The Hewlett-Packard ATF-36077 PHEMT device is described in a low noise amplifier for 2.3 GHz. The ATF-36077 is characterized for use as a low noise amplifier in 12 GHz DBS applications providing 0.5 dB noise figures. The device is also capable of noise figures below 0.4 dB at 2.3 GHz and below. The chief limitation in lowering amplifier noise figure is matching circuit losses. The amplifier described provides less than a 0.5 dB noise figure and greater than 15 dB of associated gain.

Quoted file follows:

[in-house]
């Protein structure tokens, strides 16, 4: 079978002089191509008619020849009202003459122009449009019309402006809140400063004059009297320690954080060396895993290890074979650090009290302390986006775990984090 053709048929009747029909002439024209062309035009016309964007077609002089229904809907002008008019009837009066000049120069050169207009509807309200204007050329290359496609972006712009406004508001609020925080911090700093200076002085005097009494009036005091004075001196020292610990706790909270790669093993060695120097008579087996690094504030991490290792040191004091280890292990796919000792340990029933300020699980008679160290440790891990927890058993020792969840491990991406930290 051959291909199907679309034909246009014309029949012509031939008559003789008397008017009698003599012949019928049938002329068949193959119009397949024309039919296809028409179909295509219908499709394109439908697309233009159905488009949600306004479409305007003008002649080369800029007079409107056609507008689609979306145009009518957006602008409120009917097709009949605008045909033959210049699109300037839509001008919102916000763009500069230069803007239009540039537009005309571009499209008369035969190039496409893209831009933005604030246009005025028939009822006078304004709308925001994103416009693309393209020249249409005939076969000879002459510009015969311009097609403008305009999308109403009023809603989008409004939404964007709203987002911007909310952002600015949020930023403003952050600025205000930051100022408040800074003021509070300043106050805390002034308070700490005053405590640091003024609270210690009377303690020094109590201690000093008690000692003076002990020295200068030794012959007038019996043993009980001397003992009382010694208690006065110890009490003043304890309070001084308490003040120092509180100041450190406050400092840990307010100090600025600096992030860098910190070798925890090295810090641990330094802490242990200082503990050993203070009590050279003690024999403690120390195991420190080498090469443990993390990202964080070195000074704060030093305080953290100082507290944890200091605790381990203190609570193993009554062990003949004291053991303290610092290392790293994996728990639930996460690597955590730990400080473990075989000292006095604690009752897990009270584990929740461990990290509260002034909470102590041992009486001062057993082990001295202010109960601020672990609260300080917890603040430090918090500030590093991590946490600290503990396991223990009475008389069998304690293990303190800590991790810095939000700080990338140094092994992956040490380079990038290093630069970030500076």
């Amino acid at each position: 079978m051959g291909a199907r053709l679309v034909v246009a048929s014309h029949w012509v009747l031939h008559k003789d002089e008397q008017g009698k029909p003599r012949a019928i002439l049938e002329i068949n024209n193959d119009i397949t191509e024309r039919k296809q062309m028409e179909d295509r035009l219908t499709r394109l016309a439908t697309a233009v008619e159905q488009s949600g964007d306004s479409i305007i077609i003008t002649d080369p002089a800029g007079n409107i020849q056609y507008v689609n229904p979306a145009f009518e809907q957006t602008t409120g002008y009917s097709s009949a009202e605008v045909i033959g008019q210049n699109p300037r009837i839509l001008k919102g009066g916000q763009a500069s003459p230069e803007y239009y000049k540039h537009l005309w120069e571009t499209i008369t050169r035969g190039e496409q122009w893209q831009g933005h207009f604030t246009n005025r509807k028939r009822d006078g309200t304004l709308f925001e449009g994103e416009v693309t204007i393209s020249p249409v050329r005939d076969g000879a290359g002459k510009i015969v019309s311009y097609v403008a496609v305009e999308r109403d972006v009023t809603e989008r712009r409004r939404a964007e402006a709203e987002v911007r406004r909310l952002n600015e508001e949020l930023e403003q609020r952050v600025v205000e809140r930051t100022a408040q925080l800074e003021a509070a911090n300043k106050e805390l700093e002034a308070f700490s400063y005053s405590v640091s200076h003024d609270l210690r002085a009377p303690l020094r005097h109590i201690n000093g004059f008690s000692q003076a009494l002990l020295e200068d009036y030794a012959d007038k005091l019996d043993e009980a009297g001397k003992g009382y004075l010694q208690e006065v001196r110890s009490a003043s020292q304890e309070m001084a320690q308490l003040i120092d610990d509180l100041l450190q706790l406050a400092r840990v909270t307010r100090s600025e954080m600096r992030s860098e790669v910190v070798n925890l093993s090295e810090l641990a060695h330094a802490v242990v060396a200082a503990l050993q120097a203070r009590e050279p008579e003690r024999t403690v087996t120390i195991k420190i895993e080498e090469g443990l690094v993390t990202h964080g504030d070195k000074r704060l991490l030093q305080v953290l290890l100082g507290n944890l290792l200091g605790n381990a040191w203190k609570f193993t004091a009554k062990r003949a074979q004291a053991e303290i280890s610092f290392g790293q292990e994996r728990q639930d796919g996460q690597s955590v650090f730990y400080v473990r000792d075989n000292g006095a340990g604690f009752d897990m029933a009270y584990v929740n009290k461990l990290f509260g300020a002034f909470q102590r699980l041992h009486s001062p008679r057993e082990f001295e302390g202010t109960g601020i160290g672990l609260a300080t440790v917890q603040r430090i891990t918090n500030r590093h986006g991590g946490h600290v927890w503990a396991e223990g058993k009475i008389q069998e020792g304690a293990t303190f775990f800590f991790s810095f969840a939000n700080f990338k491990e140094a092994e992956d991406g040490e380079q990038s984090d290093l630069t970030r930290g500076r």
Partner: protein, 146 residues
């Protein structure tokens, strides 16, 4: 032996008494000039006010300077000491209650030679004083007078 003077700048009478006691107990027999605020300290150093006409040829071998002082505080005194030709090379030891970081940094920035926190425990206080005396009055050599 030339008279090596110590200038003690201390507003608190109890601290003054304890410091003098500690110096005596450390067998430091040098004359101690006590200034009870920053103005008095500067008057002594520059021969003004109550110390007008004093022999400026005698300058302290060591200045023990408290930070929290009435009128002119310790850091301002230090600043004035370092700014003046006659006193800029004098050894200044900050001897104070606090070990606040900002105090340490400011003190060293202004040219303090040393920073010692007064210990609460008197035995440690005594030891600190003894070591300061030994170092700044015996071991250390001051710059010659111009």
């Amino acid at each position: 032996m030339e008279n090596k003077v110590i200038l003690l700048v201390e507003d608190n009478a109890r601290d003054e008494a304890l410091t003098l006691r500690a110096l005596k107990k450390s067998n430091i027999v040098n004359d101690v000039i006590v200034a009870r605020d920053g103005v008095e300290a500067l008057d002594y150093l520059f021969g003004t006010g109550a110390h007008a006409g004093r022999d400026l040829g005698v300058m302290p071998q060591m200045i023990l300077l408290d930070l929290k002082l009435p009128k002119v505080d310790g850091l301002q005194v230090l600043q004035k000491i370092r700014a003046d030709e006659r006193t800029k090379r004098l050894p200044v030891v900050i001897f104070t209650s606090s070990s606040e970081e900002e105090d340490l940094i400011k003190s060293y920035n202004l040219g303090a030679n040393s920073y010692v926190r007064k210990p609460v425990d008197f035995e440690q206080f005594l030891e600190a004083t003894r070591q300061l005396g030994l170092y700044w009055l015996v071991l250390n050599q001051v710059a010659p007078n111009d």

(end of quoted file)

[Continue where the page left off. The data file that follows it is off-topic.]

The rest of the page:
Design Typical low noise amplifier designs for 2.3 GHz utilize microstripline matching providing a noise match at the input and a conjugate impedance match at the output for maximum associated gain. A similarly designed 2.3 GHz amplifier for the ATF-10136 has been described in a Hewlett- Packard application note[1]. The original 2.3 GHz amplifier using the ATF-10136 500 micron MESFET produced noise figures as low as 0.6 dB. Some of the limitation in noise figure is due to the microstripline losses. The losses associated with typical microstripline matching networks and the method of calculating the losses have been discussed in an HP application note[2]. The application note suggests a measured 0.14 dB loss for the microstripline matching network for the ATF-10136 at 2.3 GHz. The amplifier in this note uses a lower noise PHEMT device and makes use of a wire inductor for the input match in an attempt to minimize circuit losses and lower amplifier noise figure. The 2.3 GHz LNA including component placement is shown in Figure 1. The LNA uses a wire inductor for the low noise input match. A microstripline network is used for output matching with a small resistor in series with the drain to lower gain and improve stability. Quarterwave bias decoupling lines are used to provide gate and drain bias to the ATF-36077. 50 W chip resistors are used along with the bias decoupling lines to provide low frequency terminations for the device. Good grounding of the device source leads is required for stable operation. This is accomplished by the use of two plated through Figure 1. 2.3 GHz LNA Showing Component Placement INPUT Vdd 2304/2400 MHz ATF-36077 WB5LUA 04/96 OUTPUT ER=2.2 Vgg H=.031 2.0 IN. 2 Figure 2. Gain vs. Frequency holes on each source lead mounting pad. The pads are placed directly beneath each device source lead. The plated through hole nearest each device should be placed as close as possible to the point where the source lead exits the package. The direct grounding of the source leads necessitates the use of a negative power supply voltage on the gate. The use of self biasing and the associated source resistor bypass capacitor are not recommended. The 0.25 to 0.5 nH inductance associated with a typical chip bypass capacitor is large enough to cause stability concerns above 18 GHz. The LNA is designed for ER = 2.2 dielectric material with 0.031 inches thickness. Taconics TLY-5 and Rogers D5880 material provide very good performance. Microstripline widths can be scaled for use with other dielectric materials. Nominal bias point for the ATF- 36077 is a Vds of 2 volts and an Ids of 15 mA. The nominal gate bias is –0.2 volts. A swept gain plot in Figure 2 shows the gain to be a minimum of 16 dB from 2 GHz to 2.5 GHz. Noise Figure versus frequency is shown in Figure 3. The amplifier provides a minimum noise figure slightly under 0.4 dB at midband. The broadband input noise match provides an amplifier with a 0.6 dB maximum noise figure from 2.1 GHz to 2.8 GHz. Input and output return loss versus frequency is shown in Figures 4 and 5. Output return loss is a maximum of 17 dB at about 2.2 GHz. Better than 10 dB output return loss was obtained from 2 GHz to 2.5 GHz. The frequency at which best output match occurs can be easily tuned with the open circuited stub nearest C2. Good input return loss is more difficult to achieve because the best noise match does not coincide with best gain match. Input return loss is typically improved by compromising noise match or by the use of increased source inductance. In the case of the ATF-36077, increased source inductance is not recommended, as it tends to make the device less stable at higher frequencies. Another option is to design a two stage LNA and make use of the interstage matching network to Figure 5. S22 vs. Frequency force a mismatch at the output of the first stage. The mismatch at the output of the first stage can then be optimized to improve input return loss without adversely effecting noise figure. The schematic diagram and parts list for the 2.3 GHz LNA are shown in Figure 6. 20 19 18 17 16 15 14 13 12 11 10 2.0 2.1 2.2 2.3 2.4 2.5 2.6 2.7 2.8 FREQUENCY (GHz) GAIN (dB) Figure 3. Noise Figure vs. Frequency 0.7 0.6 0.5 0.4 0.3 0.2 0.1 0 2.0 2.1 2.2 2.3 2.4 2.5 2.6 2.7 2.8 FREQUENCY (GHz) NOISE FIGURE (dB) Figure 4. S11 vs. Frequency 0 -1 -2 -3 -4 -5 -6 2 2.2 2.4 2.6 2.8 FREQUENCY (GHz) S11 (dB) 0 -2 -4 -6 -8 -10 -12 -14 -16 -18 -20 2.0 2.1 2.2 2.3 2.4 2.5 2.6 2.7 2.8 FREQUENCY (GHz) S22 (dB) 3 Conclusion The ATF-36077 has been described in a low noise amplifier providing sub 0.5 dB noise figures in the 2 to 2.5 GHz frequency range. A wire input network provides the match necessary for low noise performance. Figure 6. Schematic Diagram of 2.3 GHz LNA

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